At my house, we turn the lights down low, bring out the popcorn and sit fearfully by the flickering firelight—sometimes having to hide under our official NFL logo Packer fleece blankets, when we can’t stand to watch chilling scenes from:
The Game When the Defense Never Showed Up (a Bob Sanders production)
The Offense that Couldn’t Score... (a McCarthy/Favre co-production, with casting by Ted Thompson)
Given a choice, though, I much prefer to delve into my Video collection and pull out an action-packed movie set in a steamy, tropical locale:
I also enjoy holiday films the whole family can enjoy, such as that recent New Year’s Eve classic:
A Dog Named Rex (nothing in this one to gross you out, man!).
Today’s Movie Review:
Given this shortage of interesting films at the video store, imagine my delight when I happened upon a DVD titled: The Godfather of Green Bay. And on the cover it showed a rugged Wisconsin-type guy in a gold shirt, and the title was printed in green (sort of a pukey green rather than the beautiful hunter green, but still intriguing).
I’ll skip the usual banalities movie reviewers employ, such as a dull recital of the plot, or weird comparisons to other films (it’s Spiderman meets the Exorcist on Titanic!), and skip right to the highlights:
Numerous scenes at a Packer Bar, with authentic Packer fans drinking real alcohol.
Many stirring renditions of the song, THE BEARS SUCK!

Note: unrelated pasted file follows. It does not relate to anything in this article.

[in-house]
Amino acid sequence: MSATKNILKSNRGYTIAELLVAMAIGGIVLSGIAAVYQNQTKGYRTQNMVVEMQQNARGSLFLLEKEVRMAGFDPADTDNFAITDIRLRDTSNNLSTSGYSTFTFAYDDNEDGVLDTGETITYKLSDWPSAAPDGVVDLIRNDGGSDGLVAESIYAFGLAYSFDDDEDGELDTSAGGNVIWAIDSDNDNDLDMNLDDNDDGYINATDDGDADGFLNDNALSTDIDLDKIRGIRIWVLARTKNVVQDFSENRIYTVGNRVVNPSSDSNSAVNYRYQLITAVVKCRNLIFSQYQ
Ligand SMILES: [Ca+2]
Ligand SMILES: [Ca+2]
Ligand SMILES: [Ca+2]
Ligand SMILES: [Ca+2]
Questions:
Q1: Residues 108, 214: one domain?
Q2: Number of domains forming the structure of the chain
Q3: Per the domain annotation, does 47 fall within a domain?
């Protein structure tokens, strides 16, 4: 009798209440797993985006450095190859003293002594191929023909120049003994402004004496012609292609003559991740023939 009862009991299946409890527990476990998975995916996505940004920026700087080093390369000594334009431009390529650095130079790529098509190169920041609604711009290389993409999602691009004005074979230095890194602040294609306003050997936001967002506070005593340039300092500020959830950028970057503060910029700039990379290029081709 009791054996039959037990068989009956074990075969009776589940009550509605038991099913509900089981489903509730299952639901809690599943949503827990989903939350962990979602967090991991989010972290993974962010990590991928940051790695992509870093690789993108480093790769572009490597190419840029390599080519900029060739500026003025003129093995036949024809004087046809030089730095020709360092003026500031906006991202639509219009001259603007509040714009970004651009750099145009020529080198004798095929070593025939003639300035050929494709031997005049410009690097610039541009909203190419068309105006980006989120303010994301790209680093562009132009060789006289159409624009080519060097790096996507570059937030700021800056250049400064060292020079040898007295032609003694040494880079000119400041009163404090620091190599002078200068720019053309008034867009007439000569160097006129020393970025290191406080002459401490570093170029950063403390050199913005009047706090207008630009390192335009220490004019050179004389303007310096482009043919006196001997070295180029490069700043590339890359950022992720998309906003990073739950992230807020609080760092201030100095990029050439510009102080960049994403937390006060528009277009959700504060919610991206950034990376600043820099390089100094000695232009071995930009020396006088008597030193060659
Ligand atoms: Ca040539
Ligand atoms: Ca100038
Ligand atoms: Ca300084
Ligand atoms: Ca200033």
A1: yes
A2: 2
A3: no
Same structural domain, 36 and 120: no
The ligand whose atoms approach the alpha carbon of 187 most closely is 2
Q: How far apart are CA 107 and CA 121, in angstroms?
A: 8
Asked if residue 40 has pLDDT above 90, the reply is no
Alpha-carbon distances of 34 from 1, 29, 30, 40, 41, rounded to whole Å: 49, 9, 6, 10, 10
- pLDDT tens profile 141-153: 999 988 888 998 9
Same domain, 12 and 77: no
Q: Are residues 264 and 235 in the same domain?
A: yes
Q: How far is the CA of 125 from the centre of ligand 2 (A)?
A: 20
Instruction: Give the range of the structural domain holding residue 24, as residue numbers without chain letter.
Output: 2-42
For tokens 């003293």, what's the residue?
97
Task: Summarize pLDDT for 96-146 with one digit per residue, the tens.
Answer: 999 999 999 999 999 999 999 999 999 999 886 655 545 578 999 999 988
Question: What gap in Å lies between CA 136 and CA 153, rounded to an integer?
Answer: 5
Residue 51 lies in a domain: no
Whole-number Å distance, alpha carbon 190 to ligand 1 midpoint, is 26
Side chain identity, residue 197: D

Realistic portrayal of the fashion hazards of deer hunting, such as how ridiculous grown men look in orange jackets.
Lovely Lauren Holly’s portrayal of the tall, THIN blonde we always wished we had known in high school in the Midwest.
The glorious scenery of Northeastern Wisconsin in the fall. The cinematographer involved in this somewhat low-budget movie did a great job filming the outdoor scenes.
A heartwarming ending in which the protagonist, an aspiring stand-up comic, gives up the glitz and glamour of Los Angeles to return to Packerland (and mainly to the lovely tall THIN blonde mentioned earlier).
As they say, Behold the Power of Cheese.
The Packers Literary Corner says, The Godfather of Green Bay is a Must See.
Over Time the Novel
Saturday, April 14, 2007
With the release of the NFL schedule for 2007, a lot of people have taken a crack at predicting how may games the Packers will win this year. My questions is, how can we get to 10 wins? That number is important because a 10-6 record almost always gets you in the playoffs. Last year, because of the relative weakness of the NFC vs. AFC, a nine win season was enough to secure a playoff berth, and the Packers almost made it with their strong finish and 8-8 record. When I first saw the 2007 schedule, I thought getting to 10 wins looked like quite a daunting task.
To me, getting to 10 wins absolutely requires two things:
--Re-establish a formidable home field advantage, which has actually been shaky ever since the Atlanta Falcons came in and beat us at home in the playoff game in the 2002 season, and the problem has snowballed the last three seasons. When the schedule maker gives you four home games out of the first six, you should start at least 4-2, not 2-4.
--No more stumbling through the first five games of the season, as the team has done in 2004, 2005, and 2006.
Looking at the individual games, I’ve circled four on the calendar that I think will tell the tale for 2007, and with the goal of reaching ten wins, the Packers need to:
1) Beat Philadelphia at home in Week 1. If we’re going to re-establish a home field advantage, we might as well get started right away.
2) Beat the Bears at home in Week 5. Here again, the Packers have had some embarrassing performances in recent years in nationally televised night games. What better time to reverse that trend?